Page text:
3. Dietary habits were considered regarding: regular consumption of breakfast and supper, intake and frequency of snacks, and intake of the five food groups (cereals-fruits and vegetables-meats-dairy products-fat and sweets) through last week.

4. Selective food frequency questionnaire: Subjects were asked to indicate how often on average they consumed energy-dense foods (carbohydrate and fat rich foods) over an extended period of time (8).

3.2. Statistical Design

Statistical analysis of the data including data coding, entry, sorting and statistical manipulations were performed. The collected data were tabulated and analyzed statistically using SPSS program version 16. The accepted level of significance in this study was 0.05 (P<0.05).

3.3. Ethical Consideration

• An official permission was obtained from the ministry of Education. Communication with the administrators of schools was done to ensure maximum cooperation.

• A written consent from each student parents with an explanation of the purpose of the study and ensuring privacy was considered.

4. Results

Table 1 shows that the prevalence of overweight and obesity was lowest (53.11%) in age group 6 –< 8 years, whereas the highest prevalence ‎was revealed in 8 –<10 years age group (60.7%). It illustrates that the prevalence of overweight and obesity was higher among girls (70.6%), rural residents (60.8%) and students with one parent family (78.3%). The majority of low social class children were overweight (75%). Although there were differences between the different groups regarding different socio demographic aspects yet they are only significant regarding residence, family pattern and social class.

Table 2 shows that more than half of obese children belonged to university educated fathers (54.1%) and mothers (57.4%) while most of the normal weight children belonged to pre university educated fathers (60%) and mothers (70%) (Secondary- preparatory- primary read and write& illiterate). The difference statistically significant regarding mother education and father education also it shows that 75.4% of obese and most of overweight children (80.7%) belonged to professional, employee and clerical fathers and about (62%) of normal weight children belonged to non working mothers. The differences are statistically significant regarding father occupation and mother occupation.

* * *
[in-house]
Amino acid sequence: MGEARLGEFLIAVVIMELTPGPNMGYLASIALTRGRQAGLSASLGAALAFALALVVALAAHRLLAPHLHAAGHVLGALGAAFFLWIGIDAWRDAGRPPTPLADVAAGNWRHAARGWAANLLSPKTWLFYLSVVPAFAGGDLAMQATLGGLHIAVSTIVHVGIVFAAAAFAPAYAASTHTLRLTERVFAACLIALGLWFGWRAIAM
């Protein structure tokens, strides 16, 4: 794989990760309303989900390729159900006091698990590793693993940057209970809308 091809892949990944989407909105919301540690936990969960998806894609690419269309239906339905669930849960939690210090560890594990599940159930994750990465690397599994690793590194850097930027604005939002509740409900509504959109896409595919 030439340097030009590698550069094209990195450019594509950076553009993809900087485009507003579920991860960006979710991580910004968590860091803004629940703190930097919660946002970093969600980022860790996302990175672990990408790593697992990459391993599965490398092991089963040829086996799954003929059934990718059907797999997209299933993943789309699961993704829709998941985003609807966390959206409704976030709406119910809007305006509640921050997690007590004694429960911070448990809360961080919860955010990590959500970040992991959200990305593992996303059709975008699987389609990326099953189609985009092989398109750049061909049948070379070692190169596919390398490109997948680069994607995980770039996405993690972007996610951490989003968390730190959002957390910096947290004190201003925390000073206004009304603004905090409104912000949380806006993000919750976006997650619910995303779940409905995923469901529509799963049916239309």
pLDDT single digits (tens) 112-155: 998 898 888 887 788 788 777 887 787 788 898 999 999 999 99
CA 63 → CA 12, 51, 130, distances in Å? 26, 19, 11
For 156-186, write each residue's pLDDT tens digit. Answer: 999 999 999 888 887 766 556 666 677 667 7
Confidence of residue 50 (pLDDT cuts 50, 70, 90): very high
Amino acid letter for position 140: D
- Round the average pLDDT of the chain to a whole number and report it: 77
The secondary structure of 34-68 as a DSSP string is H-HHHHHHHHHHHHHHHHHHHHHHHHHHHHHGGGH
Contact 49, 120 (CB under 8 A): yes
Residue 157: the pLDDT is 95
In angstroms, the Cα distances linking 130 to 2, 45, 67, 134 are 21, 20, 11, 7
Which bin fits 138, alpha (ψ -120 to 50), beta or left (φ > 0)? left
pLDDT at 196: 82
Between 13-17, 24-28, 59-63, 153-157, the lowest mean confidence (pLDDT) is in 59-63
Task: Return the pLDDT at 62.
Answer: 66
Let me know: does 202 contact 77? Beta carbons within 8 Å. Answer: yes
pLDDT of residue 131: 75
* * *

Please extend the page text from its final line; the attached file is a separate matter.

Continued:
Table 3 shows that more than 3/4 (78.6%) of none obese had high rate of active play (7 times or more / week) while nearly 2/3 (65.3%) of obese had low rate of active play (less than 7 times or never /week). The majority (68.9%) of none obese students spent 2 hours per day in watching TV or using computer while more than 3/4 of students spent 4 or more hours (36.7%) are obese. More than half(53.7%)of obese group spent holiday in the home.

High rate of active play (7 times or more per week) low screen time (2 hours or less per day) and spending holiday outside home were negatively associated with obesity with statistically significant results.

Table 4 illustrates that more than half of non obese children had breakfast regularly (51%), most of obese children regularly had supper (61%) and most of children (60.4%) had foods or drinks between the main meals were obese.

Table 4 also shows that the majority of children either obese or non obese during the last weak regularly consumed carbohydrates and dairy meals and occasionally consume protein, fat and sweat meals. 24% of non obese children regularly consume fruit and vegetable meals.

Skipping the breakfast meal, regular intake of supper, intake of carbohydrates meals, dairy meals, fat and sweet meals were positively associated with obesity while regular intake of fruits and vegetables was negatively associated with obesity with statistically significant results.